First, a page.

dc.description.abstractgeneralIn our current understanding of the physics of the particles that govern how the universe behaves, there is no way to explain the properties we observe for the neutrino. Neutrinos were originally theorized to have zero mass, however neutrino experiments suggests otherwise. The current model of particle physics cannot explain how the neutrinos have mass, therefore an viable way to explain it is to introduce new physics that can generate the neutrino masses. A way to do this is to allow the neutrinos to interact with dark matter, which is matter that does not interact with light and is therefore invisible to the human eye. We know dark matter should exist in the universe due to the gravitational effects it has, making things like galaxies much heavier than what the stars and gas we see can explain. If neutrinos and dark matter interact, we should be able to see the effects of these interactions in the universe, and also possibly at locations where many neutrinos are produced. One such source of neutrinos in the universe are core-collapse supernovae, which are the deaths of massive stars and produce copious amounts of neutrinos. This dissertation studies signals that allow us to better understand the neutrino emission from core-collapse supernovae. One of these signals comes from summing the neutrinos we detect from many distant core-collapse supernovae. This technique uses the optical observations of the supernovae to give us a time window around which we can go through neutrino detector data to find if there are any neutrino detections that cannot be explained as coming from background events. Another method is to observe gamma-rays, high energy photons, that come from the radioactive decay of elements in jets moving near the speed of light powered by rare core-collapse supernovae. The specific gamma-rays and the overall brightness of them allows for an estimation of the properties of the neutrino emission and properties of the central engine that accelerates the jet to near the speed of light. This dissertation also studies the implications of a possible interactions in small and dim satellite galaxies of the Milky Way known as dwarf spheroidals. The shape of the dark matter that is distributed in these dwarf spheroidals can be inferred from the motion of the stars in that dwarf spheroidal, and this shape disagrees with the prevailing theory of dark matter in the universe. We take advantage of this disagreement to place an upper limit on both the mass loss that can occur in this region and the energy that past core-collapse supernovae within the dwarf spheroidals can inject into the dark matter. The mass loss bound lets us place a constraint on how often neutrinos can interact with light dark matter particles. The energy injection limit and an assumption on the energy transfer in each interaction between dark matter and neutrinos allows us to constrain how often the interaction can occur for heavy dark matter particles.en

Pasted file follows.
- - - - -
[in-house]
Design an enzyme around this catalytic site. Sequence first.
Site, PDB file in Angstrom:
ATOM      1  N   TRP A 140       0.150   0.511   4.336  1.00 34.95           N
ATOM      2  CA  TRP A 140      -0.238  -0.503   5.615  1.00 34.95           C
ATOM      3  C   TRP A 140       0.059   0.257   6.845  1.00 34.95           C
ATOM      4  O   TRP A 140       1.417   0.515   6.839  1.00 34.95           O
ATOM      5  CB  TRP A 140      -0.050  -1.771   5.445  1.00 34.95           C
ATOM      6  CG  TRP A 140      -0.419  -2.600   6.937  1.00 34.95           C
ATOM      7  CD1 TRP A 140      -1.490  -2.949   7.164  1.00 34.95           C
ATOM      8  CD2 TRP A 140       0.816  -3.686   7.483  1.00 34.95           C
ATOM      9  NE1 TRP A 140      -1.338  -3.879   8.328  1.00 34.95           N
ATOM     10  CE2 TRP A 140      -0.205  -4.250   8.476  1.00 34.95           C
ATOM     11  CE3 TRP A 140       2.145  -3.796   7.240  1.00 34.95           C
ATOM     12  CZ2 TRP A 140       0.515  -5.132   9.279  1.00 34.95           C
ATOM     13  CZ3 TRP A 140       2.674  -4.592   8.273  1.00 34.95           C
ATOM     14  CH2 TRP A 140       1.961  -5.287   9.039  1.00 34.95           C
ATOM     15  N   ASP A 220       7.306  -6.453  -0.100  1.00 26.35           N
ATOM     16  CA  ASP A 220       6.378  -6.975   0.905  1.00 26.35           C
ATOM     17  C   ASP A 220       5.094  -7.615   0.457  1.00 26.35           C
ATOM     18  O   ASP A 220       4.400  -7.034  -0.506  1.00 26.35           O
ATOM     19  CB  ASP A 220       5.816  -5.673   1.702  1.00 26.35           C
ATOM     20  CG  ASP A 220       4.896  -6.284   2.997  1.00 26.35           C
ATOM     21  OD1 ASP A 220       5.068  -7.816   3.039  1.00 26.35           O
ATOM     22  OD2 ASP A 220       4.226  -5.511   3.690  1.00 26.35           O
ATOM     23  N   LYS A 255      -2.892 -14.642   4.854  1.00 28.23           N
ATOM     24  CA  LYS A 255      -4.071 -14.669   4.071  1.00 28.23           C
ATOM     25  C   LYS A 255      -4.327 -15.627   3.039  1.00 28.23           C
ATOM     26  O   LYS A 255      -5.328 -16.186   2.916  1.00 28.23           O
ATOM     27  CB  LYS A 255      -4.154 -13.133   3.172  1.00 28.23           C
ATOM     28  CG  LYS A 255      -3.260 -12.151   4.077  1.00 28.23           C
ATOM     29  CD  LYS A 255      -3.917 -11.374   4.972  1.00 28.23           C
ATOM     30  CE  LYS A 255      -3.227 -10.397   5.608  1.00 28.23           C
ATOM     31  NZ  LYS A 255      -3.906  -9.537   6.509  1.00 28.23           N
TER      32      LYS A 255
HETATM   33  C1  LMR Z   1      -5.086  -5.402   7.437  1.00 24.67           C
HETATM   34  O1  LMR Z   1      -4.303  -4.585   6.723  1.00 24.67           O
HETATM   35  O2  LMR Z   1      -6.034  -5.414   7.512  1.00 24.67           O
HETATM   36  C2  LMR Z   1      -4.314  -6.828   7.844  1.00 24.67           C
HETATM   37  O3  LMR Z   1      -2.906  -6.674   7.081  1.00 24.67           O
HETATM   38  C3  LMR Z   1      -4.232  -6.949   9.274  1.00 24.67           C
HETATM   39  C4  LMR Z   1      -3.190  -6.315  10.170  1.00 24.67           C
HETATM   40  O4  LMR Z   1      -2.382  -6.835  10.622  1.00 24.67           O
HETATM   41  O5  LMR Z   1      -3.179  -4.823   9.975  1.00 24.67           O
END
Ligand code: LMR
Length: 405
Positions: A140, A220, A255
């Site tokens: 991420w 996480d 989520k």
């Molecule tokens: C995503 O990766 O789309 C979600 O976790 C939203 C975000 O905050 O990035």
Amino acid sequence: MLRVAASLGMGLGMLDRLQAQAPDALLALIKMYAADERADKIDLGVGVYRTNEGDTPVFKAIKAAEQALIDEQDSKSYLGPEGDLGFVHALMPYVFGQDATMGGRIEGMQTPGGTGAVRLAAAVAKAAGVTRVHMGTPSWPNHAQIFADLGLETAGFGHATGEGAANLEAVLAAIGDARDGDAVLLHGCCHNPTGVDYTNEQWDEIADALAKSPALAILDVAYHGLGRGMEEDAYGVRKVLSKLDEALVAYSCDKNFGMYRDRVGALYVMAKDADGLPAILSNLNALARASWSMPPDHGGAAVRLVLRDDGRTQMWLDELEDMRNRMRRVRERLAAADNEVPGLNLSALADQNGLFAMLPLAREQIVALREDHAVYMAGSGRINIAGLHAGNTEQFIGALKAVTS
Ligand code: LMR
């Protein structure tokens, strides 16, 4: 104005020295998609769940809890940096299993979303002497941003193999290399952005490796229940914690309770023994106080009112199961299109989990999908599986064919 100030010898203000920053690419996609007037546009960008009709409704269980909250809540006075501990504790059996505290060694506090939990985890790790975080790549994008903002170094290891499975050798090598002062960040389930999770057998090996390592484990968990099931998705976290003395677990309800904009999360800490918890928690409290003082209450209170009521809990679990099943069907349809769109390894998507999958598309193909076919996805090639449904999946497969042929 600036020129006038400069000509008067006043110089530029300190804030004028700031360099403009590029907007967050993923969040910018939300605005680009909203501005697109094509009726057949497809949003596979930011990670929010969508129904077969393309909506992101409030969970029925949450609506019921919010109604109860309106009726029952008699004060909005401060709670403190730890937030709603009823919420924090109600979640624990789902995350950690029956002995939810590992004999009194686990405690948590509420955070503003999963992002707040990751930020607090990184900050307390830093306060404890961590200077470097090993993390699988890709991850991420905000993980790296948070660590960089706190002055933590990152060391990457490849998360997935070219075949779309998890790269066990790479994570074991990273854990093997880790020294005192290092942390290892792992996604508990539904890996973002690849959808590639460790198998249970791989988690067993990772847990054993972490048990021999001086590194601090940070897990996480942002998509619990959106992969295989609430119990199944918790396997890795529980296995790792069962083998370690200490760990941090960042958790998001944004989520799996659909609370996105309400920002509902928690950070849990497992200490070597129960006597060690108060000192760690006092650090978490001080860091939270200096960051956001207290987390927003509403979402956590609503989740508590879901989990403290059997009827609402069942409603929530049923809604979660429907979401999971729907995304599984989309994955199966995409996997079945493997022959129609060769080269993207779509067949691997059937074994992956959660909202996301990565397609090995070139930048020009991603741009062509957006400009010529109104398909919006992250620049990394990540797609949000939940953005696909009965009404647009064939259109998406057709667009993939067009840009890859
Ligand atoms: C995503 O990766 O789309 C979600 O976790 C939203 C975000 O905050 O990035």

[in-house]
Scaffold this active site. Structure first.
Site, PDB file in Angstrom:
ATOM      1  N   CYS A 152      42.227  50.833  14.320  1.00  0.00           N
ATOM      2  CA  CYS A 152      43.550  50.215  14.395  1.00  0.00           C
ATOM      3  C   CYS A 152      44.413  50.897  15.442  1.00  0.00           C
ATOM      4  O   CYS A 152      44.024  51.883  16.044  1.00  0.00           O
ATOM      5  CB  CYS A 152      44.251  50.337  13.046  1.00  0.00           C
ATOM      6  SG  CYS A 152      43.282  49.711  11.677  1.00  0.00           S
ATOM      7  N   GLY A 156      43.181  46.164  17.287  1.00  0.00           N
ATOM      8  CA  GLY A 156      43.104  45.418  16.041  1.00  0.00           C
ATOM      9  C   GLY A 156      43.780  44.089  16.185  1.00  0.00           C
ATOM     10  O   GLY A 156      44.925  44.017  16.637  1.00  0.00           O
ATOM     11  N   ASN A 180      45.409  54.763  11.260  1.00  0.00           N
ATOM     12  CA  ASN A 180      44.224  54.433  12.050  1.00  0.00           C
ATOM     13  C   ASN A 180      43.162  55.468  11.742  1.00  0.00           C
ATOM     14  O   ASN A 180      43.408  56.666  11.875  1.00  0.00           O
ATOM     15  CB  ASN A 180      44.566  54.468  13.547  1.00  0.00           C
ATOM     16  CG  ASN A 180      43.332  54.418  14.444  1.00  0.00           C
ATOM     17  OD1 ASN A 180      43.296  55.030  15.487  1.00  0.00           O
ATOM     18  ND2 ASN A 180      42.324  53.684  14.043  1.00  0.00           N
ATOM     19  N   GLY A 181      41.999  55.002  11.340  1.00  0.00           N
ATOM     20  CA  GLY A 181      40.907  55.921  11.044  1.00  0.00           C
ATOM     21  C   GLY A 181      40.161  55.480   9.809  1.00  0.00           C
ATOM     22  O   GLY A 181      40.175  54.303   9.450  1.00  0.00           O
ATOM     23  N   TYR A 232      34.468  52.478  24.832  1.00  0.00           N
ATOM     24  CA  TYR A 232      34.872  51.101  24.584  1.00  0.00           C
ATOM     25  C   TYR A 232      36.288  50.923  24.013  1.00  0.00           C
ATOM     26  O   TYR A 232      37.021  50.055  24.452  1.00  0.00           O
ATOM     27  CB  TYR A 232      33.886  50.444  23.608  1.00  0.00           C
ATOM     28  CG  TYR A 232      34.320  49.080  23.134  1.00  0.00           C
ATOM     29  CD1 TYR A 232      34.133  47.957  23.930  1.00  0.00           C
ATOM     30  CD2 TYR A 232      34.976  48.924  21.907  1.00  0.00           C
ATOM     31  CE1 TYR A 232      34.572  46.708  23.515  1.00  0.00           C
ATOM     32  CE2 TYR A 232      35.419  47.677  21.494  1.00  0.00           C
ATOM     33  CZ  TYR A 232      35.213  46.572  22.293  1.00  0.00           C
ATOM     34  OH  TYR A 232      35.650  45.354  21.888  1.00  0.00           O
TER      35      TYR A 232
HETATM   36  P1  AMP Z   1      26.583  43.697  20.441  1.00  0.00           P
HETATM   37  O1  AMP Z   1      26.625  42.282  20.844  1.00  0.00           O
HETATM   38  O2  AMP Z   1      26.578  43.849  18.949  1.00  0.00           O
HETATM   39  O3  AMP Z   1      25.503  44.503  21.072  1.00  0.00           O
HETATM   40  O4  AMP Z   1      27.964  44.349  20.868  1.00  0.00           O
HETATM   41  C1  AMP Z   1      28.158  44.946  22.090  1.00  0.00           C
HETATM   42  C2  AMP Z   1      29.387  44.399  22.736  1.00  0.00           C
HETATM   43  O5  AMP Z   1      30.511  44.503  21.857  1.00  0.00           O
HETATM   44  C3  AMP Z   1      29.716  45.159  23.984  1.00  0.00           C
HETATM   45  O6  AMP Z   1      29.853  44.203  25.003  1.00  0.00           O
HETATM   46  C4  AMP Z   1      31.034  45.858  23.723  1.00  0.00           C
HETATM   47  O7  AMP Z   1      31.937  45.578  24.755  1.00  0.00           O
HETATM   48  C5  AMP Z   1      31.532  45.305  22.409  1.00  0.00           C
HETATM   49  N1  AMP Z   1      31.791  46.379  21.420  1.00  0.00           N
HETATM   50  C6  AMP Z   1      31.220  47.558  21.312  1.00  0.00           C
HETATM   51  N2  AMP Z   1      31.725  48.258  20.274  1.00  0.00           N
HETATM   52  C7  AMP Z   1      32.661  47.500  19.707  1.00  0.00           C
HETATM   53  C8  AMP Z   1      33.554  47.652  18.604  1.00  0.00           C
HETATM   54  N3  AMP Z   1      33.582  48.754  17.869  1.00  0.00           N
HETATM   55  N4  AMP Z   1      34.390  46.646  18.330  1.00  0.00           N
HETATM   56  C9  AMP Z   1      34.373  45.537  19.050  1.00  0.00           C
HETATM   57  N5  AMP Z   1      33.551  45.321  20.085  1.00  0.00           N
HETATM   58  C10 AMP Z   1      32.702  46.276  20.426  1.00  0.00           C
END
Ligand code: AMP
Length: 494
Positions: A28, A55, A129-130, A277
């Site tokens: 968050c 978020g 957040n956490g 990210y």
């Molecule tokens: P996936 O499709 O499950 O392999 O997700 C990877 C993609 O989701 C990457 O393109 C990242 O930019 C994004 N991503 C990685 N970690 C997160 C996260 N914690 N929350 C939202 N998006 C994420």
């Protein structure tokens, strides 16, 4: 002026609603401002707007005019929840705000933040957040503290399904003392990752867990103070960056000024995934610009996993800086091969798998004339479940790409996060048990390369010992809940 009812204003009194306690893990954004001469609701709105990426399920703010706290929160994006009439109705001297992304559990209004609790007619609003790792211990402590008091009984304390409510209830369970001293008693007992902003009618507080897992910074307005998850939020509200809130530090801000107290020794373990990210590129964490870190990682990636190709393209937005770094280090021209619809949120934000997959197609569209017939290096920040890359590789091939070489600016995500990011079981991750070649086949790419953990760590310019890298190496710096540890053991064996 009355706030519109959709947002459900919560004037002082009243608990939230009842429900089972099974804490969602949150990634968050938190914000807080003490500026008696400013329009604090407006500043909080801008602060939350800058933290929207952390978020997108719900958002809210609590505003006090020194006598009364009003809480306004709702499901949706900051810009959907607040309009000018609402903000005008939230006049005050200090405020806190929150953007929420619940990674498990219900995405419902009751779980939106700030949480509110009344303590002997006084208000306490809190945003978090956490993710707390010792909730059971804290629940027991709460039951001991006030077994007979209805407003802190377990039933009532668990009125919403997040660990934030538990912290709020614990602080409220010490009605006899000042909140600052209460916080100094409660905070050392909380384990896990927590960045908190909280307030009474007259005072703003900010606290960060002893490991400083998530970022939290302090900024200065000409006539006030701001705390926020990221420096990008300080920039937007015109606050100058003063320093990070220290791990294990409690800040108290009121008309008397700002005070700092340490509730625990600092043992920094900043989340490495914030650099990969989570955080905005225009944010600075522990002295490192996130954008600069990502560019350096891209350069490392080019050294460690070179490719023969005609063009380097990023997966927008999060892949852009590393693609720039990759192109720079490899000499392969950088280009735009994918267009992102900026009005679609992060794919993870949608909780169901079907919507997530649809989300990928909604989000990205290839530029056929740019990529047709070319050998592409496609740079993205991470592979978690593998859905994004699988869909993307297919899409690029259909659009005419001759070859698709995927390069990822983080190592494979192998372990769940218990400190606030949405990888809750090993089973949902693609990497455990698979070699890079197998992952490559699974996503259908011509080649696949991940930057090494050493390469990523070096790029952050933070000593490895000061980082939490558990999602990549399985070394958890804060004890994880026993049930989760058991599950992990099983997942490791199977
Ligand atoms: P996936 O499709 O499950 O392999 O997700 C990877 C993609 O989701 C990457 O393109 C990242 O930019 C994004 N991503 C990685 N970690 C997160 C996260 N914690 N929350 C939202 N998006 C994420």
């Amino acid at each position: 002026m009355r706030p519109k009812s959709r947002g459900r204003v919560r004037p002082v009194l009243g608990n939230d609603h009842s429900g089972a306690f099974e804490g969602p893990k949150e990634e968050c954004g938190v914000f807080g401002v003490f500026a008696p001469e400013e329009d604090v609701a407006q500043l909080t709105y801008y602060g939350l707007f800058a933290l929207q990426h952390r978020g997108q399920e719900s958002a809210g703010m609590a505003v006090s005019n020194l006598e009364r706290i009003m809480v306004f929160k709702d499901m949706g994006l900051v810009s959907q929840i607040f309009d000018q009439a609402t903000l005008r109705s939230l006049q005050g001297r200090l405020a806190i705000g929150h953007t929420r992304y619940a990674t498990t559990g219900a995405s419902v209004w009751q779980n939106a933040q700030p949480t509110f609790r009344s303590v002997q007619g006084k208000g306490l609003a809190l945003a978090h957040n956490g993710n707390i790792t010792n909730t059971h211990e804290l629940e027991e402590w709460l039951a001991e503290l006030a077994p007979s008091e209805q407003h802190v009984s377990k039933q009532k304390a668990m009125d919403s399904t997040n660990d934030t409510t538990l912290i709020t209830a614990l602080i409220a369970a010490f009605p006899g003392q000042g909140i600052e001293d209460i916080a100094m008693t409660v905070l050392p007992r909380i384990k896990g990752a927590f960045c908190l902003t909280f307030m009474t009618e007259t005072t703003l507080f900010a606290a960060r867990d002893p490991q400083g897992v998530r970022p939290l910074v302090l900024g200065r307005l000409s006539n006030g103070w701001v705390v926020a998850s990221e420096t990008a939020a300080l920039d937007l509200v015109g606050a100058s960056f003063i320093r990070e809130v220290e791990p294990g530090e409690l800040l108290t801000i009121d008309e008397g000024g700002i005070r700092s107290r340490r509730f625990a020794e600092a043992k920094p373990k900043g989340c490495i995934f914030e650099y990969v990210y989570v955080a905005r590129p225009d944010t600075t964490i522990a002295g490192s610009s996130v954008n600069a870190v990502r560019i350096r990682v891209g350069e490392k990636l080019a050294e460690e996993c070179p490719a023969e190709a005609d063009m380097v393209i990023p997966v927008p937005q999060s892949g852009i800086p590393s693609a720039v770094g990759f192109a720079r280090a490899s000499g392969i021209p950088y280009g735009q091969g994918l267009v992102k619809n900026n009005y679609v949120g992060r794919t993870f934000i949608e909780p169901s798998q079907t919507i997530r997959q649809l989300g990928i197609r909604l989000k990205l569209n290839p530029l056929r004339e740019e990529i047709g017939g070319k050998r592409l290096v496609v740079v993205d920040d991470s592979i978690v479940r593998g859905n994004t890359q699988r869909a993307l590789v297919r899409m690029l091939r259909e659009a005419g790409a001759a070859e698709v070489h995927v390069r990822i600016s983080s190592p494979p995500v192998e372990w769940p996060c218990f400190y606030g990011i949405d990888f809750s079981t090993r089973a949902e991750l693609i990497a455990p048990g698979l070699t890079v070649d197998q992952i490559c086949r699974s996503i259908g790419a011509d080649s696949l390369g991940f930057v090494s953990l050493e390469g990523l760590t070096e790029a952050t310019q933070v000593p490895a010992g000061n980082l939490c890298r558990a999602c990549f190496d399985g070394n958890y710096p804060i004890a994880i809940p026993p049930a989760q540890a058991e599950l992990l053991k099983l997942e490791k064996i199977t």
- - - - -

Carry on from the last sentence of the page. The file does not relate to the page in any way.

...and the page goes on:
dc.description.degreeDoctor of Philosophyen
dc.publisherVirginia Techen
dc.rightsCreative Commons Attribution 4.0 Internationalen
dc.subjectcore-collapse supernovaeen
dc.subjectdark matteren
dc.subjectmulti-messenger astronomyen
dc.titleCore-collapse supernovae: neutrino-dark matter phenomenology and probes of internal physicsen
dc.typeDissertationen Polytechnic Institute and State Universityen of Philosophyen